Rode out to Bondi Beach. Had a trawl round the Sunday market, purchased a hat then walked along the beach a couple of miles to a place called Bronte. It was a very pleasant Sunday stroll, watching the surfers out on the waves, appreciating the views out to sea and the fellow wallkers.
At the end of the day, a little bit sunburnt and happy to have walked off some of the oysters we headed back to the Rocks for a bit of dinner and our last night in Sydney.
Okay no, so it wasn't a mountain, but for someone as unfit as yours truly, it sure as hell could be. The Sydney Harbour Bridge Climb is neither for the faint-hearted, nor for those afraid of heights. As I correctly anticipated, the jumpsuits did nothing for me. The husband on the other hand thought that it took pounds off him.
We came to the offices of Bridge Climb early Saturday morning for a climb scheduled at 9.15am. The hotel concierge had advised against scheduling a climb on Saturday for the weather forecasted the previous day had said "Cloudy". We took the chance anyway, and thankfully, the sun was shining and the sky was blue. After registration at the counter, we began our briefing on the safety procedures of the climb. The folks at the BC did a really good job of making us climbers feel safe and gave a thorough briefing on safety. We were not allowed any loose items on our bodies, and this included (though not exhaustive), chewing gum or sweets in mouth, camera and mobile phone, as it would be dangerous for the drivers down below on the bridge if say, a chewing gum falls out of your mouth and onto the windscreen of the car.
All throughout the climb we would be attached to the bridge railings by this contraption that was then strapped to our waist. We were given practice runs on a replica of the footbridge and railing of the Sydney Harbour Bridge, and all the climbers were given a radio and headset so as to enable the guides to give a running commentary on the sights, stories and history of Sydney. Our guide's name was Doug Snider and our climb group comprised of a father and son from New Zealand, two petite young Taiwanese women and the husband and I. Our guide went first and I followed closely because really, I'm chicken shit.
But the absolutely panoramic view of Sydney and the harbour that you get when you're way up there, with the wind blowing and the sun shining, is breathtaking. If you are able, the Sydney Harbour Bridge Climb is a definite must-do.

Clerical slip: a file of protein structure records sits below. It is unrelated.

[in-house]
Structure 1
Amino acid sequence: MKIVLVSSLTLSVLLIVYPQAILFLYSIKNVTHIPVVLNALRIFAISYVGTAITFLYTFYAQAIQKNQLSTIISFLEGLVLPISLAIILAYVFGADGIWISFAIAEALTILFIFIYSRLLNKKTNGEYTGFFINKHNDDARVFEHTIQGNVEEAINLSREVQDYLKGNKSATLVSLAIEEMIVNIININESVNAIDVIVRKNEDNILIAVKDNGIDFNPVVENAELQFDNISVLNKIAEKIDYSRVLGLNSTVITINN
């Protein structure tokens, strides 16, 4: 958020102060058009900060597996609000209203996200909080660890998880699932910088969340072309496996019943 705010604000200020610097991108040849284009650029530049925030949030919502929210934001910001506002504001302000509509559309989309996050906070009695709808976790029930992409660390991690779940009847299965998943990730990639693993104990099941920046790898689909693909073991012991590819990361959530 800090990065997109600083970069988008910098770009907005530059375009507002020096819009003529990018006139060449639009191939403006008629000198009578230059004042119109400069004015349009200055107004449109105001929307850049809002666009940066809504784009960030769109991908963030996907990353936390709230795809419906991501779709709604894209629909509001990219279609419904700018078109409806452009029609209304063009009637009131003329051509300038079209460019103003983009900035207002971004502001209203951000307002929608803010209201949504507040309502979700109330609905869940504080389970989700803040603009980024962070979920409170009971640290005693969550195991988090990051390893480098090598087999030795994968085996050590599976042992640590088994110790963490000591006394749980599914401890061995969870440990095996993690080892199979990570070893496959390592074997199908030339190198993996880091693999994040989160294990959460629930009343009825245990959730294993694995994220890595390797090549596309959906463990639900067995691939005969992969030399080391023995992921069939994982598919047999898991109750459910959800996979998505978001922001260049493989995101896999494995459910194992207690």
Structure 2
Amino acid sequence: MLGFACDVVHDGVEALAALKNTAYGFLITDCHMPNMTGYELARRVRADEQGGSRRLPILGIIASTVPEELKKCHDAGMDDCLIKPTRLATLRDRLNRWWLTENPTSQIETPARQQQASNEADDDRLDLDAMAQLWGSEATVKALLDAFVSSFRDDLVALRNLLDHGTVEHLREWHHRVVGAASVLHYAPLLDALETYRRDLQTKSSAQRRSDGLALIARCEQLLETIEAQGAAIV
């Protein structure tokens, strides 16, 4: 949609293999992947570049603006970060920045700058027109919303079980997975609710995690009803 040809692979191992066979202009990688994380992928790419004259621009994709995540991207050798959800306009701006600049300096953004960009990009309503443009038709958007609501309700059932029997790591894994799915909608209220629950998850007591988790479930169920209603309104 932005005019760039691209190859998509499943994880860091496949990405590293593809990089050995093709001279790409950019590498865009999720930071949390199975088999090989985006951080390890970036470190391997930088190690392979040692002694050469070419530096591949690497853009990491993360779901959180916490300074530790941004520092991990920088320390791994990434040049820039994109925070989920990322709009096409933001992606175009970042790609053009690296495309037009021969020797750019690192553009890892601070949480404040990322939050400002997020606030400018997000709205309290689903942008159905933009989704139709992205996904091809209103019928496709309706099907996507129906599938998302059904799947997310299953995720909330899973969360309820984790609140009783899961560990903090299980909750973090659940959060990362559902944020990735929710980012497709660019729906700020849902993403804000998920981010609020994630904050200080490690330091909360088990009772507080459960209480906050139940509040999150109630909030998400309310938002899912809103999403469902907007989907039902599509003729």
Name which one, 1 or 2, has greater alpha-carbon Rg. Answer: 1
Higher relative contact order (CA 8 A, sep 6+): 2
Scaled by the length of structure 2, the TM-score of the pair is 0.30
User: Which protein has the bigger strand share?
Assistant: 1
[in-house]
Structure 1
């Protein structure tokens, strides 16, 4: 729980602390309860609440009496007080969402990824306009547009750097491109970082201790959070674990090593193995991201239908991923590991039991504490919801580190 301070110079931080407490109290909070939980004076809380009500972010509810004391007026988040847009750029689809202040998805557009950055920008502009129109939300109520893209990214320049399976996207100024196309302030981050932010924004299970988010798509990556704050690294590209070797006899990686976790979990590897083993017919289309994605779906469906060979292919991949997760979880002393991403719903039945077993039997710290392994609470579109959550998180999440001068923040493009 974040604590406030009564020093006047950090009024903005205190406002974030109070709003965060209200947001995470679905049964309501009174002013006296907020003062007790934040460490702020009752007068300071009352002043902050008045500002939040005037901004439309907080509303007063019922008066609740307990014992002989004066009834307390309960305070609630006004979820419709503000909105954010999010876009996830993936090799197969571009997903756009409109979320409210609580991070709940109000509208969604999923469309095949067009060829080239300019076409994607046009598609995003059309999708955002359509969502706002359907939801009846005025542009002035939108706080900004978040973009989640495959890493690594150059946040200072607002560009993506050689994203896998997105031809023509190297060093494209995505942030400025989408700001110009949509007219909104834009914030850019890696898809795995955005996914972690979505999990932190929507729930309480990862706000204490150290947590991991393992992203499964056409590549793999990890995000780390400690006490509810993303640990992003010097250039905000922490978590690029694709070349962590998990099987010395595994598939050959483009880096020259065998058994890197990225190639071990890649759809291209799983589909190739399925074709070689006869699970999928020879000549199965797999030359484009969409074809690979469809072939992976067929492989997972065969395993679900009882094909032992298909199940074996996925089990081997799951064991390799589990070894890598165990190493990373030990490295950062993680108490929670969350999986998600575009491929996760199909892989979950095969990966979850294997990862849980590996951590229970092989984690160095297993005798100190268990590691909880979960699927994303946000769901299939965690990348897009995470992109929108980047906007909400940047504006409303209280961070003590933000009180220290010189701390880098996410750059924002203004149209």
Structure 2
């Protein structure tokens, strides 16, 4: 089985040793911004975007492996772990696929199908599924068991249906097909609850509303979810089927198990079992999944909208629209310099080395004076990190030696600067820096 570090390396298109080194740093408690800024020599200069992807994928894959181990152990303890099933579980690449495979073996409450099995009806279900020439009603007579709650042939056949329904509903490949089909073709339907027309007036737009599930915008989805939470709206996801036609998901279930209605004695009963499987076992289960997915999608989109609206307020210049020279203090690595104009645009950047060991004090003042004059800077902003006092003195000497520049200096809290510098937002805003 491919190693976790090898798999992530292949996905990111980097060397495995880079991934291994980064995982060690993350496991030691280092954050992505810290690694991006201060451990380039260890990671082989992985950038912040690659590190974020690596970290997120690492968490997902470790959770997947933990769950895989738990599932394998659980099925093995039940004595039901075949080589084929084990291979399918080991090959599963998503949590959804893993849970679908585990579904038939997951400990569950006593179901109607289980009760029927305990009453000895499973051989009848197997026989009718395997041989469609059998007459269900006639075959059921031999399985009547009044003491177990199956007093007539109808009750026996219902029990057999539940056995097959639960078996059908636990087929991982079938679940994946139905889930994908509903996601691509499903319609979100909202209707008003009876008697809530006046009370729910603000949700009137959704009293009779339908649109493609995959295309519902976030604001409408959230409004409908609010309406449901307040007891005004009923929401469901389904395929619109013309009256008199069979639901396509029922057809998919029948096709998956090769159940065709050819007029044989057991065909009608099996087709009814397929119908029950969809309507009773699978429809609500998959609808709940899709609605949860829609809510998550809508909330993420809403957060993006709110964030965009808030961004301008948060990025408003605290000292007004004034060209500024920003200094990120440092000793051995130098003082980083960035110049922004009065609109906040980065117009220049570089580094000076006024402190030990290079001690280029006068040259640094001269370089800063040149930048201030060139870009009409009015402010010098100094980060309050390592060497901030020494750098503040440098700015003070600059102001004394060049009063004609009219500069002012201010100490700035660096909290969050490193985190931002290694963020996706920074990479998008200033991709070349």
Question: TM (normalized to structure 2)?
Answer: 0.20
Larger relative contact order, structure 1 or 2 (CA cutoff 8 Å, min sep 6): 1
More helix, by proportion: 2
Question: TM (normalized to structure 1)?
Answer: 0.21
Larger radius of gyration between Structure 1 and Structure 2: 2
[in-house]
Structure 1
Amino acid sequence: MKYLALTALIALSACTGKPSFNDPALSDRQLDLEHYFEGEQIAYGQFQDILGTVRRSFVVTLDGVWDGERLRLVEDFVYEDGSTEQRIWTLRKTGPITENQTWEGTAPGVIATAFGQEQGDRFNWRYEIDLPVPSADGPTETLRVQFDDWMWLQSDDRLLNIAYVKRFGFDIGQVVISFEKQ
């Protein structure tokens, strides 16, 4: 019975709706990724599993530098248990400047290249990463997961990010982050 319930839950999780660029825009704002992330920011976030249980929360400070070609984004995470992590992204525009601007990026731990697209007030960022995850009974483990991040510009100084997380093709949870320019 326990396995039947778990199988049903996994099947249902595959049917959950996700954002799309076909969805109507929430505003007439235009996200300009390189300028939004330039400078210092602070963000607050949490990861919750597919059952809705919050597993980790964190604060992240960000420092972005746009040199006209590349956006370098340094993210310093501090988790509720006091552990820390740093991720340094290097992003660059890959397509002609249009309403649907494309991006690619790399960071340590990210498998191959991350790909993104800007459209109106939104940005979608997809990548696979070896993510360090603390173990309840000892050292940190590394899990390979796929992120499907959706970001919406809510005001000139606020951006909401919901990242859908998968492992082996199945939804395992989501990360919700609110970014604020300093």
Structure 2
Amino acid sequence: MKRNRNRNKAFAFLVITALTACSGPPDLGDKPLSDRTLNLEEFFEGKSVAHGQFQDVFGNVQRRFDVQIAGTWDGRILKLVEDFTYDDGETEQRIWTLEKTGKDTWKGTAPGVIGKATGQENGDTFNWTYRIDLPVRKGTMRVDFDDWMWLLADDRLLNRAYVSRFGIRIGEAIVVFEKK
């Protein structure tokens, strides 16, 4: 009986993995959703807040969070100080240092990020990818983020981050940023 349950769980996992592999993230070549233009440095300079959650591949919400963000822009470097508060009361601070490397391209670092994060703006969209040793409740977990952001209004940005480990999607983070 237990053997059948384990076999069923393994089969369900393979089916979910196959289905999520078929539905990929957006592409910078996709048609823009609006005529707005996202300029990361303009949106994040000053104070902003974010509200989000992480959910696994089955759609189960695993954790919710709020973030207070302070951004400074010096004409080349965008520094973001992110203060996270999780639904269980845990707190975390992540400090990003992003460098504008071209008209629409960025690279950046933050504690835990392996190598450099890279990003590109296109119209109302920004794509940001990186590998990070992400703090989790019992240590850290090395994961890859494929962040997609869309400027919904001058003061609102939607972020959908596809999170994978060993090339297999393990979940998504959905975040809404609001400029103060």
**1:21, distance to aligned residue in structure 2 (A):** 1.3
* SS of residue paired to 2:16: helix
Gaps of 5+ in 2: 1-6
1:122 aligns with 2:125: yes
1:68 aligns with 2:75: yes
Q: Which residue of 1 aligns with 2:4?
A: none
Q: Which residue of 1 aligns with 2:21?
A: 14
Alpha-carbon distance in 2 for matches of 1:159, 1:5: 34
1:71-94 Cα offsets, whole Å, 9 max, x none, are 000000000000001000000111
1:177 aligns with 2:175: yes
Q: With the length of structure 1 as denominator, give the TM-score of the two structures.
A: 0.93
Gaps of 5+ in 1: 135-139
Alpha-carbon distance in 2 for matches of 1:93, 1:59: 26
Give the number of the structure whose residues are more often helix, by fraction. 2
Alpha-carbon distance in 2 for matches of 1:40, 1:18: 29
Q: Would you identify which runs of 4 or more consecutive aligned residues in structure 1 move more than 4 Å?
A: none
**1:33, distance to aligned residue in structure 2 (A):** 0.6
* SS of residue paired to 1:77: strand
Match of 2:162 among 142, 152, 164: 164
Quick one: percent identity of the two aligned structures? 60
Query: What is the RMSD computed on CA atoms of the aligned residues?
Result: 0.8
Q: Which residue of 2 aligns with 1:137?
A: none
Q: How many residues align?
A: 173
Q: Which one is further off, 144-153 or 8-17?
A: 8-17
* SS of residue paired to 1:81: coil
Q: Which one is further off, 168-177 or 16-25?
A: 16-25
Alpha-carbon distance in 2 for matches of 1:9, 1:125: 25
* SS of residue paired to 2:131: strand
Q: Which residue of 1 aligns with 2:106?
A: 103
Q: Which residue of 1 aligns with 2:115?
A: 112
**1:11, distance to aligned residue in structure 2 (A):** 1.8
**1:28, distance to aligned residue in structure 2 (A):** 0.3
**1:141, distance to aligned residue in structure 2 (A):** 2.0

Doug was also the designated photographer. They give you one free photograph, the one of you and your climbing mates doing a kind of taa-daa! style pose with the Syndey Opera House at the background. We looked dorky and just a little bit terrified in that photograph. He took other pictures of us singly or as a couple, but these we had to buy at the daylight robbery price of approximately AUD$15 per photo.
But we came, we climbed, we conquered and we had a great adventure. And apparently so did these folks:
And to wit:
Sydney in late August has a spring flavoured vibe. The weather is sunny and cool (don't mind the couple from Brunei wearing jumpers during the day and even winter outerwear at night), Sydneysiders spend most of the weekend we were there in various states of undress - Summery dresses, skimpy shorts, tank tops, at Bondi - swimwear & surfwear, and notably everywhere, jogging attire.
Food in Sydney, especially its seafood, is super fresh, fun, and tasty. The husband and I had freshly shucked oysters everyday. Often 3 times a day. Moist, soft, plump oyster flesh dipped in a lemony thai-style chilli sauce and a vinegary sauce, I was in debauchery heaven.
On Friday evening we had more seafood, including the famous Snapper Pie, at The Boathouse on Blackwattle Bay. For Saturday lunch we had oysters yum cha or dim sum at the East Ocean Restaurant, a huge chinese restaurant, in Chinatown.
Tetsuya's was not a let down, and I will let the husband do the write-up on the food. I knew from the moment we stepped inside, dressed-up to the nines, we were not fine-dining in Singapore. Whilst Tetsuya's has similar aspirations to the fine-dining restaurants in Singapore, being in Sydney made it feel perhaps less chic but more alive and vibrant. Its patrons - a mixture of locals, expats, foodies, created a cafeteria-like sound to its dining experience. A young australian couple gave the husband and I a little taste of young "hollywood" (She - Paris Hilton Wannabe; He - the boyfriend who waits on her hand and foot). And no one believed in a formal dress code.
The Sydney Opera House is not the only memorable sight around Sydney Harbour. Take a cruise boat from Circular Quay and take in the sights of the Sydney Harbour Bridge, the lovely homes and apartments, historical landmarks, celeb homes, emerald blue clean water and dolphins, nudist beach, and yachts/boats/ships/ferries in all shapes and sizes. Whales have been known to stray into the Harbour and on the day that they do, the Harbour is left for the whales and the water-traffic comes to an absolute, and respectful, still.
Sydney Opera House and Sydney Harbour Bridge.
Zoom-out and zoom-in the bare-ass at the nudist beach.
Yachts, Boats, Ships and Ferries Oh My!
No whales but we saw dolphins!
Boudoir, flirty, quirky and befitting a BeneFit packaging, Alannah Hill I adored. You can find her swell boutique at the Strand Arcade. Bondi Market shows off the cool creative talent of Sydneysiders. And the husband and I quickly learnt that mostly, its casual in Sydney.